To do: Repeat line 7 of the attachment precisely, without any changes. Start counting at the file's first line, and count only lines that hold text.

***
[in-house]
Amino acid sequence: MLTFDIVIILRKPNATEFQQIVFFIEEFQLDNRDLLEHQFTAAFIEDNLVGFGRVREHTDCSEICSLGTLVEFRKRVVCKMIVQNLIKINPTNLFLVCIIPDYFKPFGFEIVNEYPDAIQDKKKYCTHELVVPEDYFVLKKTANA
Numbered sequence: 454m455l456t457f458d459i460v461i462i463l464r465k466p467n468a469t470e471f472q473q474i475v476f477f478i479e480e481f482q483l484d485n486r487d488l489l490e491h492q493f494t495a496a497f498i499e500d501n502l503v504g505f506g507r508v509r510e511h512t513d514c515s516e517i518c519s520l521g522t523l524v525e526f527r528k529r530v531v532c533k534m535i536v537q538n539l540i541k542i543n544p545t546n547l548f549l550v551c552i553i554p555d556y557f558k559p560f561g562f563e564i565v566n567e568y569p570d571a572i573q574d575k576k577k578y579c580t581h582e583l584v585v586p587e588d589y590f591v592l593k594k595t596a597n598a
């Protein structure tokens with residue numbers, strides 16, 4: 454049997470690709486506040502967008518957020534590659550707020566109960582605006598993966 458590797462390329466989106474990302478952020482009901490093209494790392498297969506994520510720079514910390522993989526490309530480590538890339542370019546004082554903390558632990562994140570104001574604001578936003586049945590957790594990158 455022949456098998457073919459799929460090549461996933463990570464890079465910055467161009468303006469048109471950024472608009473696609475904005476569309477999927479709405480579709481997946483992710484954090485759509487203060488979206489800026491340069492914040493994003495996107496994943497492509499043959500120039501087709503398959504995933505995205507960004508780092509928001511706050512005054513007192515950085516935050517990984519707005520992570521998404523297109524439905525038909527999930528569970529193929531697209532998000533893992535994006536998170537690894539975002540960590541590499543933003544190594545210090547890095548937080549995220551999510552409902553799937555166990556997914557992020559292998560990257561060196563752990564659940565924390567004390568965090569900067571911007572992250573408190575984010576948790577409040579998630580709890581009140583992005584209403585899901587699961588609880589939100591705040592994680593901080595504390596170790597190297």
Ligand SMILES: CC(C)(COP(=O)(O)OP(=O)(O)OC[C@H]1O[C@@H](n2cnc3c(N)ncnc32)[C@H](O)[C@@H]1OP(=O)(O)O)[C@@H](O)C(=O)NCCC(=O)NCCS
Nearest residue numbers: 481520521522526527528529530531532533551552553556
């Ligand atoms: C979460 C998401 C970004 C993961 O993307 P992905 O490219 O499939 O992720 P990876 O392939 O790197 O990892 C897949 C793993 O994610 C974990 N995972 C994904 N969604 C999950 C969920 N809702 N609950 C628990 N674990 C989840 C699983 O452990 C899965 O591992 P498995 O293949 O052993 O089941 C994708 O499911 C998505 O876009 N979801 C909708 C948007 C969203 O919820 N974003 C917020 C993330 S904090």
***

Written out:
């Ligand atoms: C979460 C998401 C970004 C993961 O993307 P992905 O490219 O499939 O992720 P990876 O392939 O790197 O990892 C897949 C793993 O994610 C974990 N995972 C994904 N969604 C999950 C969920 N809702 N609950 C628990 N674990 C989840 C699983 O452990 C899965 O591992 P498995 O293949 O052993 O089941 C994708 O499911 C998505 O876009 N979801 C909708 C948007 C969203 O919820 N974003 C917020 C993330 S904090």